Koi carp are revered for their colourings and markings in Japan, as well as for their tenacity for swimming up rivers against the current. In Japan they are a symbol of good luck, representing courage, wealth and abundance, as well as supporting the flow of positive energy around the home in Feng Shui.
Koi carp have a myriad of patterns and their colours range through white, gold, orange, pink, red, grey and black in nature. Their swirling tails are a magnificent feature, too. They are a source of fascination as they swim in ponds, their patterns and colours shining as they move in the water.
In Japan, and around the world, koi are bred for their markings, with the best examples realising thousands of pounds when they are sold.
When I was asked to create a koi carp in stained glass for a client’s new Japanese-themed bathroom, I knew that I had to find some glass that mirrored nature. Happily, I found a swirling, grey-toned glass that captured the movement of a live fish. I partnered this with a rich, red glass for the fins and tail, adding a pure black glass for the head.
The client wanted the fish to seem like it was swimming up the wall. I love putting life and flow into my stained glass designs, and set about creating a pattern that would reflect this.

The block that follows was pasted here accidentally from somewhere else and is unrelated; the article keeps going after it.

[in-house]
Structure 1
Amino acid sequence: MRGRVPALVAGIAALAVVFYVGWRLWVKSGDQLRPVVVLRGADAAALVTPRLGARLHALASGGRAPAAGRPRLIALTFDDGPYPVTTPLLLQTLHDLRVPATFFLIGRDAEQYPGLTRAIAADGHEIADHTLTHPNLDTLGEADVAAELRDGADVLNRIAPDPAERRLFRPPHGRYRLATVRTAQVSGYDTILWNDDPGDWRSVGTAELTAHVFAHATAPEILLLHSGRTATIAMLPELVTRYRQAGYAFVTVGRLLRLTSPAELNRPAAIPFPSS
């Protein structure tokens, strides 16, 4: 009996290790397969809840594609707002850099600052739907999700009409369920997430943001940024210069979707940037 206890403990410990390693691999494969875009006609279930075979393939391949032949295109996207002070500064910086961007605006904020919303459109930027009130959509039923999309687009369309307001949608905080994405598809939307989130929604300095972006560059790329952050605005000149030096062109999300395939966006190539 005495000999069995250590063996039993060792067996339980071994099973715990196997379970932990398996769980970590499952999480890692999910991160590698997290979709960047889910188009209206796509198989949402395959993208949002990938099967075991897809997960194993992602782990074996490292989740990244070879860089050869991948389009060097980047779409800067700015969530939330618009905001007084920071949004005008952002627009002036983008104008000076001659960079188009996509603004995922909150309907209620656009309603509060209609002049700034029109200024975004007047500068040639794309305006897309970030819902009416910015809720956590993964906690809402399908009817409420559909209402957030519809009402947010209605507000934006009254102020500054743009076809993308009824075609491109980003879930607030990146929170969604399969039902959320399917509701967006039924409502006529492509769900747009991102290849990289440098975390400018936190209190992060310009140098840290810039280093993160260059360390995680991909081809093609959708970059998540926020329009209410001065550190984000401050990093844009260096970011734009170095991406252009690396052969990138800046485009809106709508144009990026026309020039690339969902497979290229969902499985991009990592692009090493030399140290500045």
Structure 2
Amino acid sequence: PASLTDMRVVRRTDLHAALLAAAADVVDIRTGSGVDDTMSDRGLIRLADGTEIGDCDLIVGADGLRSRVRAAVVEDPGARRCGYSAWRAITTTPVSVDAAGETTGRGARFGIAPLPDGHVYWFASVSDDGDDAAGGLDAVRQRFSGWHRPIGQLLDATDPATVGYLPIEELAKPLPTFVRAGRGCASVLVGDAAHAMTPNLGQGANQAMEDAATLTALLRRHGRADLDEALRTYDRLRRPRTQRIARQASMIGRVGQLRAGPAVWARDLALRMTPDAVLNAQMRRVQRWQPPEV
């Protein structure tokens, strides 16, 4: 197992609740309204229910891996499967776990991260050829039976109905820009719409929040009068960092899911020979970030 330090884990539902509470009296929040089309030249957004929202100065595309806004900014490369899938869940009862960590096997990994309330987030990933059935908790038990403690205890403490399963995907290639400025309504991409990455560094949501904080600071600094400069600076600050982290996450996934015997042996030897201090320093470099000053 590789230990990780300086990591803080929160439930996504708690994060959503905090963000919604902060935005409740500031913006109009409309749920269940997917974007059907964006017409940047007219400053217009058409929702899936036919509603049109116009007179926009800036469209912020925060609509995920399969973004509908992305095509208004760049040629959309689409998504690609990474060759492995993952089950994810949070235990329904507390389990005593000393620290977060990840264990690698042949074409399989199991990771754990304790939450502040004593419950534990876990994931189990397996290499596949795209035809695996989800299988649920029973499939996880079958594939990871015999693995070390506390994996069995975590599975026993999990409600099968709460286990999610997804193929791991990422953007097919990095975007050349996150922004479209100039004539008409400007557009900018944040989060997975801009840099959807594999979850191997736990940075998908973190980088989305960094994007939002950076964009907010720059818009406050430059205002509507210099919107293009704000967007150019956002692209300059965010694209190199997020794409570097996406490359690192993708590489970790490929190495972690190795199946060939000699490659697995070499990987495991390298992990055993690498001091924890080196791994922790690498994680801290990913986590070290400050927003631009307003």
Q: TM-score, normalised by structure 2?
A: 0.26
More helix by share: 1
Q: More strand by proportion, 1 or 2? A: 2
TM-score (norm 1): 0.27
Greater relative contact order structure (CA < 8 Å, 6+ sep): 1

In order to achieve the movement of the fish that I wanted, it had a narrow point where the tail joined the body. This would be a weak part of the design, but I planned to add a narrow strip of steel to support it. This would be soldered over so that it did not detract from the finished piece.
The glass was cut, with the more awkward shapes being managed with my trusty ring saw. Then the edge of each piece was wrapped in copper foil. Next came the tinning stage, where the foil is coated in solder so that each piece can be attached to the next one. Both sides were soldered for a neat finish. A loop was added to the back ready for hanging, and then everything was cleaned to a sparkle.
Stained glass lends itself well to creating fish designs as it shines like their scales.
I am looking forward to delivering the finished koi wall art and seeing it in its new, Japanese-themed surroundings.
If you would like your own lucky koi, there is one available to buy in the shop now. It is the one on the left in the photo.
Do you have an idea you would like created for you in stained glass? Whether you want wall art, a unique sculpture, a gift or traditionally-made window, I’d be pleased to discuss it with you.